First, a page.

Endicott spoke about the importance of the strike:

We saw democracy in action. We saw the power of unity. People from all across the state were coming together, unified with one goal, with one mindset. And we achieved it against all odds. There were so many people who said that we would never get what we wanted. There were so many people who said they would laugh us out of the Capitol. They did not laugh us out of the Capitol, because we did not leave the Capitol.

The significance of the teacher strike cannot be underestimated. Though West Virginia has long been the site of major labor struggles, as Eric Blanc writes in a story published in both Socialist Worker and Jacobin magazine, there is something different about this most recent strike.

“This strike was statewide, it was illegal, it went wildcat, and it seems to be spreading,” Blanc writes.

West Virginia’s upsurge shares many similarities with the rank-and-file militancy of the late 1960s and early 1970s. But there are some critical differences. Whereas labor struggles four decades ago came in the wake of a postwar economic boom and the inspiring successes of the civil rights movement, this labor upheaval erupted in a period of virtually uninterrupted working-class defeats and economic austerity.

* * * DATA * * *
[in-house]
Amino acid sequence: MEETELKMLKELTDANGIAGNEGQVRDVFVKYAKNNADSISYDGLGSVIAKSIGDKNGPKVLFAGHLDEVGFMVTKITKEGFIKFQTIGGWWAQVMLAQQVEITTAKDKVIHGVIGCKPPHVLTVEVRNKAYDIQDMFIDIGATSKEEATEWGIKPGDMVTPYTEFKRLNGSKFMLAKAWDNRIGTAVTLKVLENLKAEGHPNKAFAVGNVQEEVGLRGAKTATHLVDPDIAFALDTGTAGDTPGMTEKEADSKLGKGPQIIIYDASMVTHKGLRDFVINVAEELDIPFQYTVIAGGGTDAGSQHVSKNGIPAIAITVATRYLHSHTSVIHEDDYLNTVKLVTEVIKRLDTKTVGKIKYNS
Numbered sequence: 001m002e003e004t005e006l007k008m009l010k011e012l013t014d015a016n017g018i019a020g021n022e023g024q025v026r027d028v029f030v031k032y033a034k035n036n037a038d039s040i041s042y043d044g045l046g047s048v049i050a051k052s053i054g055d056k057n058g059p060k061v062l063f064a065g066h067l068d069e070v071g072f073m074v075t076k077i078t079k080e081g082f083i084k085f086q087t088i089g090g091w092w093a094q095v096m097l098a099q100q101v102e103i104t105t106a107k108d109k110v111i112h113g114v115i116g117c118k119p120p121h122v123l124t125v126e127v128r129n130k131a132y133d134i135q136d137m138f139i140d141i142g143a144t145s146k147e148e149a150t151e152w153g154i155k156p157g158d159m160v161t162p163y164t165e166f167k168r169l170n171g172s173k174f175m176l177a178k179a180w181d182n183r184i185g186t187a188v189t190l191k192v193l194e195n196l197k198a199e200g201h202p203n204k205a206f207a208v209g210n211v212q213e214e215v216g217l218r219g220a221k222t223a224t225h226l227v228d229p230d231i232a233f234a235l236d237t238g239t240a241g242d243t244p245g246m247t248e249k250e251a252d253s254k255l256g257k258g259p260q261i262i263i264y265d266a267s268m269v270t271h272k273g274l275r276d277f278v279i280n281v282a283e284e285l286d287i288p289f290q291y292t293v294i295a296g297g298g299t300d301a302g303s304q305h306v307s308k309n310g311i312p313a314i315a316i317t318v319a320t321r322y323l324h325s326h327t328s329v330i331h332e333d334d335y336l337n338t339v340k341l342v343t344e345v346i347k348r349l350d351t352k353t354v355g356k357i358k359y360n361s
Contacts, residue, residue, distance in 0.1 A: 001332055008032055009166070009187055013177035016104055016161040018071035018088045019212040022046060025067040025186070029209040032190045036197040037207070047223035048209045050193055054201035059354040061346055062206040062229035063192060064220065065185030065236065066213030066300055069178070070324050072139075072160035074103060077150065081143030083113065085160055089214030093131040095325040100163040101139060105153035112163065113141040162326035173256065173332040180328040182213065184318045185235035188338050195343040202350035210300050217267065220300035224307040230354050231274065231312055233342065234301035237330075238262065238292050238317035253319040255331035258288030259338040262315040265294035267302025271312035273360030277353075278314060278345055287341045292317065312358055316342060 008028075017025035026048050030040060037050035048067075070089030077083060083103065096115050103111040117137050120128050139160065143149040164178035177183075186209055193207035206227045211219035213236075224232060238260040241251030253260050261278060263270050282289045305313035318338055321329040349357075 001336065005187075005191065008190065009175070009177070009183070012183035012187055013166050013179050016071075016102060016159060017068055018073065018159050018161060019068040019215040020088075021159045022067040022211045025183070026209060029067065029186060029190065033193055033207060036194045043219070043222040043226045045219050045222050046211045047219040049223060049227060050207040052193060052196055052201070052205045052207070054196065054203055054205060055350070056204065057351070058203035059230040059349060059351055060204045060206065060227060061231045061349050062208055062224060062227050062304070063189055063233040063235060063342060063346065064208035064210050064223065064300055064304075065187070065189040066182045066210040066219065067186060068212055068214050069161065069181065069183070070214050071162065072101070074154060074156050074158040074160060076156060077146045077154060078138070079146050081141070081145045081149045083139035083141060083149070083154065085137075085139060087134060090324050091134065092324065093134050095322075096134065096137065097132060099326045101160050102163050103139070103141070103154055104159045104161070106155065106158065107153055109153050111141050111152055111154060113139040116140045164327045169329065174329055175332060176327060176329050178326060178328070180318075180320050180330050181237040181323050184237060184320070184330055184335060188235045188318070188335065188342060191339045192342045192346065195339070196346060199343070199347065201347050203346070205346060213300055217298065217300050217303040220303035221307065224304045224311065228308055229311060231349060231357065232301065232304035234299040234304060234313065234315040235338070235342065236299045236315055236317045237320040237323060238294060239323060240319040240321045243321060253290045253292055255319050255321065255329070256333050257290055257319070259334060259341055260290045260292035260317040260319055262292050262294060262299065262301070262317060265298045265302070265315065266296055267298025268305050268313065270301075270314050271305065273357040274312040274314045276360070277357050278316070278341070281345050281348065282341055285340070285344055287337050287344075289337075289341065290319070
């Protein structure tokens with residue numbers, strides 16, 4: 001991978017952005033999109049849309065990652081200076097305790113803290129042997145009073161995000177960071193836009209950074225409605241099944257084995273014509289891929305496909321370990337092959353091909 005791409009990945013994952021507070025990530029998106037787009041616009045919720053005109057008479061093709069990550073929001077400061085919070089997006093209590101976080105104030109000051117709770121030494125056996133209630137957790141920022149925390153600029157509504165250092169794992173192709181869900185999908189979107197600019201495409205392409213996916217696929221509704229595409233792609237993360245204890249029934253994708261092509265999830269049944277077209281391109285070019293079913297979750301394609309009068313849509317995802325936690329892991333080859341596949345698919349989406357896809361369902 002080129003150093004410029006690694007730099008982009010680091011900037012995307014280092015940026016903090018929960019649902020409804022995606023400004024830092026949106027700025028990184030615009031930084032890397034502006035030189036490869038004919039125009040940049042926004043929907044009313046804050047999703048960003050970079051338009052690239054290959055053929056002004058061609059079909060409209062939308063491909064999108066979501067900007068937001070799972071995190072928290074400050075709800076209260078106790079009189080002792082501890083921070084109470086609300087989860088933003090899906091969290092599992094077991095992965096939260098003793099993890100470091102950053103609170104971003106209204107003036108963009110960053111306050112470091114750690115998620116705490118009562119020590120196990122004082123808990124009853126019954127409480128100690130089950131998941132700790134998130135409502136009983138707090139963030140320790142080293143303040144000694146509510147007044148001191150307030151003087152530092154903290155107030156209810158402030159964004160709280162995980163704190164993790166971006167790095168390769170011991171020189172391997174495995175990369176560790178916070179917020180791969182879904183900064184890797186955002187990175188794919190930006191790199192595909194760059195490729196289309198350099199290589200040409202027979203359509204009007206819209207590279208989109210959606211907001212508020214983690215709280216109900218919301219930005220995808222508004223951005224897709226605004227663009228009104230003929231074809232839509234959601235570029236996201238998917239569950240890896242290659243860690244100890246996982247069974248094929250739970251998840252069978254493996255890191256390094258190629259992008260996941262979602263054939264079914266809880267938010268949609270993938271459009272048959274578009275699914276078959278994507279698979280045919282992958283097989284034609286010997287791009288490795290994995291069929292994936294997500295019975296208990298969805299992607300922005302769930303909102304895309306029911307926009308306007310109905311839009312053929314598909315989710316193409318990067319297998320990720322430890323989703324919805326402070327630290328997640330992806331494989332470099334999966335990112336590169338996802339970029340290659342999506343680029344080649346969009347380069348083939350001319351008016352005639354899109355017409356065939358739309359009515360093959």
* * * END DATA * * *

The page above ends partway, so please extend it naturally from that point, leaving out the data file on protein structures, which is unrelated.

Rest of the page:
Readers would be excused for knowing little about the strike. The corporate media — including “liberal” outlets like the New York Times, NPR, and MSNBC — all but ignored the massive strike. This is, perhaps, further proof that it is not the media’s lies of commission (or “fake news”) that has left working-class citizens ignorant and disempowered. Rather, it is their lies of omission.

Indeed, the victorious teachers strike and the strict discipline with which it was carried out seem quite at odds with the picture the capitalist media frequently paints of “red state” West Virginia. During the 2016 presidential campaign reporters seemed to hold up West Virginia as the poster child for the so-called “white working class”: Ignorant, reactionary, racist, and full of rage at Washington elites like Hillary Clinton that had thrown them under the bus. Donald Trump received more support from West Virginia voters than from any other state.

While that working-class rage is certainly real (and, I would argue, justified), striking teachers like Endicott are about as far from your average Trump supporter as you can get.